Spatial variability of exposure is highest for the agriculture sector and the rural population above poverty line. For the remaining groups/sectors, exposure values are similar accros all sub-basins.

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2.6 Vulnerability

  • Water scarcity risk gradually increases over time accross all sectors and at almost all sub-districts. Risks becomes particularly high after 2040.
  • One major driver of increasing water risk is increasing hazard, especially in terms of increasing frequency and persistence of water gap events.
  • Accross the domestic sector, the rural population below the poverty line faces greatest risk from water scarcity, in particular after 2030.
  • Risk for the agriculture sector is low, even after 2040. In comparison, industry faces increasing risk from water scarcity beginning with the 2030-2040 period.
  • Results are comparable accross both SSP2 and SSP3 scenarios.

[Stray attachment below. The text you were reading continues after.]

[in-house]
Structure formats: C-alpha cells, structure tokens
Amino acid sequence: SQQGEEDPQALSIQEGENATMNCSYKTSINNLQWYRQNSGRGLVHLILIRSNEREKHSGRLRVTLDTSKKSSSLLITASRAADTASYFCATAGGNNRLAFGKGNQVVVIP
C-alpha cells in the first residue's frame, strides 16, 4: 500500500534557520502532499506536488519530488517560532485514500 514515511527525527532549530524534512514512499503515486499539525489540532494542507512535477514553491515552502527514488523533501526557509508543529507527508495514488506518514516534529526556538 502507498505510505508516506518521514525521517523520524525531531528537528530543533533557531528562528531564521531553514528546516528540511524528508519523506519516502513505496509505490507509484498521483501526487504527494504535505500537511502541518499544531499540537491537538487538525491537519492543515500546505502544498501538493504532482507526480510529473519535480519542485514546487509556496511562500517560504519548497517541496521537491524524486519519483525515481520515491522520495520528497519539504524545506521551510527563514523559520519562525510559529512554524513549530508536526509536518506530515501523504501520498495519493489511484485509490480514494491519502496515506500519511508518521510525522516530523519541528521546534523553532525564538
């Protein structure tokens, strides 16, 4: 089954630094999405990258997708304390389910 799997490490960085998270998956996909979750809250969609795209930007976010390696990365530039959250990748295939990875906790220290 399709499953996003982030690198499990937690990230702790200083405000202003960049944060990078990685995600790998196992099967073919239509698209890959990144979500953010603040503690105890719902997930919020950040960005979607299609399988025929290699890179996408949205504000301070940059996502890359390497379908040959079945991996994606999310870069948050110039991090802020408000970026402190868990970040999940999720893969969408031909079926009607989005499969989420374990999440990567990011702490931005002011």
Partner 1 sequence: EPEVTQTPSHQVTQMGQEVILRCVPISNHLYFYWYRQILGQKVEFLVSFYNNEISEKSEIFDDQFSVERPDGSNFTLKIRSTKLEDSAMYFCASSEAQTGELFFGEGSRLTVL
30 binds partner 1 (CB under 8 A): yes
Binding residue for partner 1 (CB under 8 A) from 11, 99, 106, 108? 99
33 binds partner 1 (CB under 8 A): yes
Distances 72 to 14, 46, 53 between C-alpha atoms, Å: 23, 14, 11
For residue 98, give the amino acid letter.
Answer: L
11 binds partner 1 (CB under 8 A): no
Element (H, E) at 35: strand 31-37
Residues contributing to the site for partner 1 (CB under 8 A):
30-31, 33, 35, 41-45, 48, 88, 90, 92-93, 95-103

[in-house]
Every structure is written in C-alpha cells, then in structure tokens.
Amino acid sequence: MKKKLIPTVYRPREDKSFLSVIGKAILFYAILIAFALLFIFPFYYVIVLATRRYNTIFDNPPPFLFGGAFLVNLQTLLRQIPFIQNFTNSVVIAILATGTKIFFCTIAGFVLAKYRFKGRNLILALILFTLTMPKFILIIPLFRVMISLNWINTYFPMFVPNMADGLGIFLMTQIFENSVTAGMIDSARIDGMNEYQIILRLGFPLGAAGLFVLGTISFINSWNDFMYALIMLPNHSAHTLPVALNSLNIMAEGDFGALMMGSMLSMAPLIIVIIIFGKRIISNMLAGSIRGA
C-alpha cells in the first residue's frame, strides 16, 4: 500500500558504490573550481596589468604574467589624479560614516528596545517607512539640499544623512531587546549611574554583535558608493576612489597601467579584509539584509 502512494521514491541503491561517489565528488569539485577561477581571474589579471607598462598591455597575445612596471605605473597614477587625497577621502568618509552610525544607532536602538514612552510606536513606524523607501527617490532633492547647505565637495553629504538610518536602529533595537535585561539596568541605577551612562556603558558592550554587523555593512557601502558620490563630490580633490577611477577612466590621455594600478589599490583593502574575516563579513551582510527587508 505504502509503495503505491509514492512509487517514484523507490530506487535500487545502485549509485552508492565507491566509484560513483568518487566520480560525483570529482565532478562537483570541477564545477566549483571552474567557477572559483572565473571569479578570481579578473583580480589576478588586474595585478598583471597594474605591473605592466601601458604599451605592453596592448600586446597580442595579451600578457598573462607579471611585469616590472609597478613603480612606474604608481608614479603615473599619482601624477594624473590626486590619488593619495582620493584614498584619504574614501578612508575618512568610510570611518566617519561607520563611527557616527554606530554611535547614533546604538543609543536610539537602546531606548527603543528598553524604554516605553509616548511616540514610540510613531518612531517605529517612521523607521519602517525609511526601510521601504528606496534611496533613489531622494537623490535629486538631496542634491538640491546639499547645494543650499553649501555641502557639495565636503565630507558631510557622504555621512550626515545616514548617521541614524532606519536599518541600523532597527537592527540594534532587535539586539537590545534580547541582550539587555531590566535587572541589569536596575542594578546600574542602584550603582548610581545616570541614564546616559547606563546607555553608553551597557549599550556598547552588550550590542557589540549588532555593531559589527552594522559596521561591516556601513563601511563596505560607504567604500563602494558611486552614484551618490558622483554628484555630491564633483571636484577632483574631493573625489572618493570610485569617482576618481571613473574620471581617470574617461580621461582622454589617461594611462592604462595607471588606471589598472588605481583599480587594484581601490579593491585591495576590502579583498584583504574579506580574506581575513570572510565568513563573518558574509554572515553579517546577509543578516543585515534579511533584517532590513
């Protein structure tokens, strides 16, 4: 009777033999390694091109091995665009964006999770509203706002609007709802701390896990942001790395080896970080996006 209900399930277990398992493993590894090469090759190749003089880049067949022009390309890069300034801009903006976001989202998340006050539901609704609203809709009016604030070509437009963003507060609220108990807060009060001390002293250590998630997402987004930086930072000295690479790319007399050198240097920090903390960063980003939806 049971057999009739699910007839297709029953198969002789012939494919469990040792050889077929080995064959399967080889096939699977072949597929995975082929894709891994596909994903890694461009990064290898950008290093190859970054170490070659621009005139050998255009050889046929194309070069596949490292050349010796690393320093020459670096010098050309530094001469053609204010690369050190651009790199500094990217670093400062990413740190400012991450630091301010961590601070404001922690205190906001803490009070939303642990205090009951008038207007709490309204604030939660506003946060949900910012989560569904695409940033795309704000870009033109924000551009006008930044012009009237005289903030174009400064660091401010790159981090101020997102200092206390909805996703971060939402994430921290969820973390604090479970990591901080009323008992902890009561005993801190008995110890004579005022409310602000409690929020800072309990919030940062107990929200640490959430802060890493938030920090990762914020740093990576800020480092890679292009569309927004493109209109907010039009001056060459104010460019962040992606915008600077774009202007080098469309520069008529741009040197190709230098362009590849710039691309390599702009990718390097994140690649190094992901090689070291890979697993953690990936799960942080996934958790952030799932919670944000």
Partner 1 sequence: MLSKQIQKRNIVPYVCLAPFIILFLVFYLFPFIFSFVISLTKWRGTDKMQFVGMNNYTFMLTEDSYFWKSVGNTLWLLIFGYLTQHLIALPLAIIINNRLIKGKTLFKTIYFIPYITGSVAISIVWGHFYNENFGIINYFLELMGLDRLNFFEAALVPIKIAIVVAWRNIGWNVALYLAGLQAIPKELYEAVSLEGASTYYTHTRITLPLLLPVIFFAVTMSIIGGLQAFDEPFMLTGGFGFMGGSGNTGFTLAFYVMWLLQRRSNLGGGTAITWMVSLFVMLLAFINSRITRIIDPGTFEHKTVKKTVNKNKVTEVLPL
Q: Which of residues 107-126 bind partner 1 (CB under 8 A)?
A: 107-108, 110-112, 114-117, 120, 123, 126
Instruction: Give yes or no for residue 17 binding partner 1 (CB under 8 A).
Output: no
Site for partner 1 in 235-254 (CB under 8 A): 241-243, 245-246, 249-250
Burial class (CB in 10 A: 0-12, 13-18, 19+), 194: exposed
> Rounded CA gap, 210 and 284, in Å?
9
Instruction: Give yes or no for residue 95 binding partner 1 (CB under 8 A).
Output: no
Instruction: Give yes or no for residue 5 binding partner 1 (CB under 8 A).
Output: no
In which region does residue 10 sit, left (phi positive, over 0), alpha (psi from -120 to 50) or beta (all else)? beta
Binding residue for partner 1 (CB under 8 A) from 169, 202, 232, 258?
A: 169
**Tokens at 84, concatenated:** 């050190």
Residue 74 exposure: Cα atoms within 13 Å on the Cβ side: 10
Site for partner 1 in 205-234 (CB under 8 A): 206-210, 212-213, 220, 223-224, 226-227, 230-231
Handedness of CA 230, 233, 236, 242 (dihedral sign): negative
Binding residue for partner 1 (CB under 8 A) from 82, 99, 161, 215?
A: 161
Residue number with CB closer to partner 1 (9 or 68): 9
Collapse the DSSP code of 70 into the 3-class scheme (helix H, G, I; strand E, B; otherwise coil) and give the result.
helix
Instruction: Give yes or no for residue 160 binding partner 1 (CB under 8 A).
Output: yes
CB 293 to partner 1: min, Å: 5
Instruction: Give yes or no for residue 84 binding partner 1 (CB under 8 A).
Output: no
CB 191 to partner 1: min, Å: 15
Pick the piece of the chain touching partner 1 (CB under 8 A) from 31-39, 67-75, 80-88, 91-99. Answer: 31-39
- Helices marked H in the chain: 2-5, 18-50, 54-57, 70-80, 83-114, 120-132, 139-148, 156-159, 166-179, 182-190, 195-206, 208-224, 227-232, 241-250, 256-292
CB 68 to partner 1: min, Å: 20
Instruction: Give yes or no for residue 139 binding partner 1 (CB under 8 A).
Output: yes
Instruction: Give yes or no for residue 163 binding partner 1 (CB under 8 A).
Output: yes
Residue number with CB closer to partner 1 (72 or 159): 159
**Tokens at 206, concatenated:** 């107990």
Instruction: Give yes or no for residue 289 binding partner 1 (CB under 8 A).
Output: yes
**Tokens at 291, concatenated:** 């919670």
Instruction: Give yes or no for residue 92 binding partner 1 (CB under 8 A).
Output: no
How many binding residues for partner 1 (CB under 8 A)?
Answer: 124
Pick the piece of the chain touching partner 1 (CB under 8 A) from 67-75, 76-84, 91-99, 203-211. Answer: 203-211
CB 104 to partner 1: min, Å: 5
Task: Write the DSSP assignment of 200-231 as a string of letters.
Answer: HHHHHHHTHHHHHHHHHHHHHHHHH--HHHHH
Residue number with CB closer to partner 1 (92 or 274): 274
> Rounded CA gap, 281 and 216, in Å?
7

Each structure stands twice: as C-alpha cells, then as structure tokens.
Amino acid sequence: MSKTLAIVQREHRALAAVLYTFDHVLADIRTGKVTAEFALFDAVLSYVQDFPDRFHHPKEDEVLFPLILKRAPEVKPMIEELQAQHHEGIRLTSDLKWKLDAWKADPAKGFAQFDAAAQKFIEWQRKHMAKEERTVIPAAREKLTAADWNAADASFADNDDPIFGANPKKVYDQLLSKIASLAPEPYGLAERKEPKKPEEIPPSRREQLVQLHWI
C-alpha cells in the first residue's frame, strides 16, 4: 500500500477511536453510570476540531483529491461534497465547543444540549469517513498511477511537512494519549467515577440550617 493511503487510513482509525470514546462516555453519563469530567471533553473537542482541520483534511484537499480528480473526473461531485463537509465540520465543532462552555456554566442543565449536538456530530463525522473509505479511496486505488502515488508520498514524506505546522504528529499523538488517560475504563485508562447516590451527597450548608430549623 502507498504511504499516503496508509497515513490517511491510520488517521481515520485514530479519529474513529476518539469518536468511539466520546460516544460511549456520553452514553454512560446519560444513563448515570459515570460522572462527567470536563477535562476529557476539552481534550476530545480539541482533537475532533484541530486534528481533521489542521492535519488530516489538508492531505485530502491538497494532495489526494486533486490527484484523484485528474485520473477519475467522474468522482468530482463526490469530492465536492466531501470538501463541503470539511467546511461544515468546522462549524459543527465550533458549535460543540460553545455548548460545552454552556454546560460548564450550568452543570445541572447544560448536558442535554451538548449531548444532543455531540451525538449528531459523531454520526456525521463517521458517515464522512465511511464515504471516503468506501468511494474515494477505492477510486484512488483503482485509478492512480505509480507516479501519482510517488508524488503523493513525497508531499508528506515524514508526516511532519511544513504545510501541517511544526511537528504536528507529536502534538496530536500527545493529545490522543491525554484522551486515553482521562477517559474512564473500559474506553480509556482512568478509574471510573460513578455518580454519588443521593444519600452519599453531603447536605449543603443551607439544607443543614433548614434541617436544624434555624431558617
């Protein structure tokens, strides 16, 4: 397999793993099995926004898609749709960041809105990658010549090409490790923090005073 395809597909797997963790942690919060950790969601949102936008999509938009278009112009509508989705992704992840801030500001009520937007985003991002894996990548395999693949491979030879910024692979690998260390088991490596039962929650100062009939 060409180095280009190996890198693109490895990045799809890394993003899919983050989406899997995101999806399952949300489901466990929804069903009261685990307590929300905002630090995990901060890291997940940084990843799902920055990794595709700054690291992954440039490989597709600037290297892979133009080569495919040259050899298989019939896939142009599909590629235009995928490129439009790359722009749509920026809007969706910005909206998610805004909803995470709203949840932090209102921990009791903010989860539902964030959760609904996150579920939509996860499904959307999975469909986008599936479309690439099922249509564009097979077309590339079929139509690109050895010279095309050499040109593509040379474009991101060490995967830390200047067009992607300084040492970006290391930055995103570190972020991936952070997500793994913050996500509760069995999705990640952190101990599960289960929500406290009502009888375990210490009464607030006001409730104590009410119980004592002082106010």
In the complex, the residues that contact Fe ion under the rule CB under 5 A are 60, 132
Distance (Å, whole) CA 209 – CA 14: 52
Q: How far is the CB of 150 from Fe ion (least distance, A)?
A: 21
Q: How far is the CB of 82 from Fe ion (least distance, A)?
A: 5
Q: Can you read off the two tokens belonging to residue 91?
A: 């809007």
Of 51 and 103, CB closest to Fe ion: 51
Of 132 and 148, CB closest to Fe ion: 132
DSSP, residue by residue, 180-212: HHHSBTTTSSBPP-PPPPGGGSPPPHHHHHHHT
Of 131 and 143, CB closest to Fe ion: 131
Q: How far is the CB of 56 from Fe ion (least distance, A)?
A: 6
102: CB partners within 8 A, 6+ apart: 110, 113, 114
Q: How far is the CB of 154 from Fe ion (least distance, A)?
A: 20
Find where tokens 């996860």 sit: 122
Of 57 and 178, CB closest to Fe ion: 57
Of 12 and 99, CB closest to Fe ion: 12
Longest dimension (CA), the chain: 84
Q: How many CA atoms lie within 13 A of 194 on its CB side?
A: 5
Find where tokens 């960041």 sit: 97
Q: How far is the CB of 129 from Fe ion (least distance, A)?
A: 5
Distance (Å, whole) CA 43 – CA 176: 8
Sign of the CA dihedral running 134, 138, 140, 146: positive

3. Solution Strategies

3.1 From risk assessment to solution strategy

A next step when improving the water security in a basin, is the development of water scarcity solution strategies with all stakeholders. The solution strategies are expected to improve the water security at short to medium time scales, but should also enable the possibility to adapt to future changes (both climatic and socioeconomic).

In the first phases of the development of solution strategies, the results of the water scarcity risk analyses provide information to prioritize areas, sectors, and user groups with high risk and basin characteristics needed to evaluate the technical, environmental, financial, economic and political suitability of measures in that specific basin.

3.2 Developing solution strategies

To compose a water scarcity solution strategy, various mitigation and adaptation measures need to be combined. To evaluate the suitability of measures for the specific basin information about their physical, environmental, socio-economic, and political characteristics context should be clear to all stakeholders.

WaterLOUPE 2.0 contains an information catalogue that provides such information for a range of water scarcity solution measures. The information catalogue can be viewed here.